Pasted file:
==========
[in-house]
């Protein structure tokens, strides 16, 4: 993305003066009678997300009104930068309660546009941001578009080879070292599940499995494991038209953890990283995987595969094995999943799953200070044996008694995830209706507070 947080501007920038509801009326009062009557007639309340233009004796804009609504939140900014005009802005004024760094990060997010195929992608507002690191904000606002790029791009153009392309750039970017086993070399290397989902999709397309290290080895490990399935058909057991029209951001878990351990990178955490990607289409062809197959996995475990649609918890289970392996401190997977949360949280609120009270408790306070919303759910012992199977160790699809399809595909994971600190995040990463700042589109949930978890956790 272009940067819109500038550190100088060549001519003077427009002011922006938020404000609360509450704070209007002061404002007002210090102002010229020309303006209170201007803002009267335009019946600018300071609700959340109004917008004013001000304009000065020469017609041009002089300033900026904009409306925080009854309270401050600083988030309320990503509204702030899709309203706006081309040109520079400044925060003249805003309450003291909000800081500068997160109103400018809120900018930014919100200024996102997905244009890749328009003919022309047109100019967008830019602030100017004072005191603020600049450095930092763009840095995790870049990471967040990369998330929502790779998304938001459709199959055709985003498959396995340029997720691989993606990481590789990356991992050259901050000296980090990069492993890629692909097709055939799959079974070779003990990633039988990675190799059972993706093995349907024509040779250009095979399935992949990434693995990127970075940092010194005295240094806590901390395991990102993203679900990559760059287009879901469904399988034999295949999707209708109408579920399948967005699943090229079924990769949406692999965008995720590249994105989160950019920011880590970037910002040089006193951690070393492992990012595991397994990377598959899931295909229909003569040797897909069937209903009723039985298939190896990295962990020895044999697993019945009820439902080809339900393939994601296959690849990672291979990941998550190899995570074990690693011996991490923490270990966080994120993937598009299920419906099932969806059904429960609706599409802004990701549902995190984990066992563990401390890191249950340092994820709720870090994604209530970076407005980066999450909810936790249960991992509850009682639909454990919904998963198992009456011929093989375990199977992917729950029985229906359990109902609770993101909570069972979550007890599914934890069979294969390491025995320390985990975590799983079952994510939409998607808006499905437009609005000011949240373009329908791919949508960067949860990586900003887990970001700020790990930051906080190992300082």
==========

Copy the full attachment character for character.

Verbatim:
[in-house]
């Protein structure tokens, strides 16, 4: 993305003066009678997300009104930068309660546009941001578009080879070292599940499995494991038209953890990283995987595969094995999943799953200070044996008694995830209706507070 947080501007920038509801009326009062009557007639309340233009004796804009609504939140900014005009802005004024760094990060997010195929992608507002690191904000606002790029791009153009392309750039970017086993070399290397989902999709397309290290080895490990399935058909057991029209951001878990351990990178955490990607289409062809197959996995475990649609918890289970392996401190997977949360949280609120009270408790306070919303759910012992199977160790699809399809595909994971600190995040990463700042589109949930978890956790 272009940067819109500038550190100088060549001519003077427009002011922006938020404000609360509450704070209007002061404002007002210090102002010229020309303006209170201007803002009267335009019946600018300071609700959340109004917008004013001000304009000065020469017609041009002089300033900026904009409306925080009854309270401050600083988030309320990503509204702030899709309203706006081309040109520079400044925060003249805003309450003291909000800081500068997160109103400018809120900018930014919100200024996102997905244009890749328009003919022309047109100019967008830019602030100017004072005191603020600049450095930092763009840095995790870049990471967040990369998330929502790779998304938001459709199959055709985003498959396995340029997720691989993606990481590789990356991992050259901050000296980090990069492993890629692909097709055939799959079974070779003990990633039988990675190799059972993706093995349907024509040779250009095979399935992949990434693995990127970075940092010194005295240094806590901390395991990102993203679900990559760059287009879901469904399988034999295949999707209708109408579920399948967005699943090229079924990769949406692999965008995720590249994105989160950019920011880590970037910002040089006193951690070393492992990012595991397994990377598959899931295909229909003569040797897909069937209903009723039985298939190896990295962990020895044999697993019945009820439902080809339900393939994601296959690849990672291979990941998550190899995570074990690693011996991490923490270990966080994120993937598009299920419906099932969806059904429960609706599409802004990701549902995190984990066992563990401390890191249950340092994820709720870090994604209530970076407005980066999450909810936790249960991992509850009682639909454990919904998963198992009456011929093989375990199977992917729950029985229906359990109902609770993101909570069972979550007890599914934890069979294969390491025995320390985990975590799983079952994510939409998607808006499905437009609005000011949240373009329908791919949508960067949860990586900003887990970001700020790990930051906080190992300082």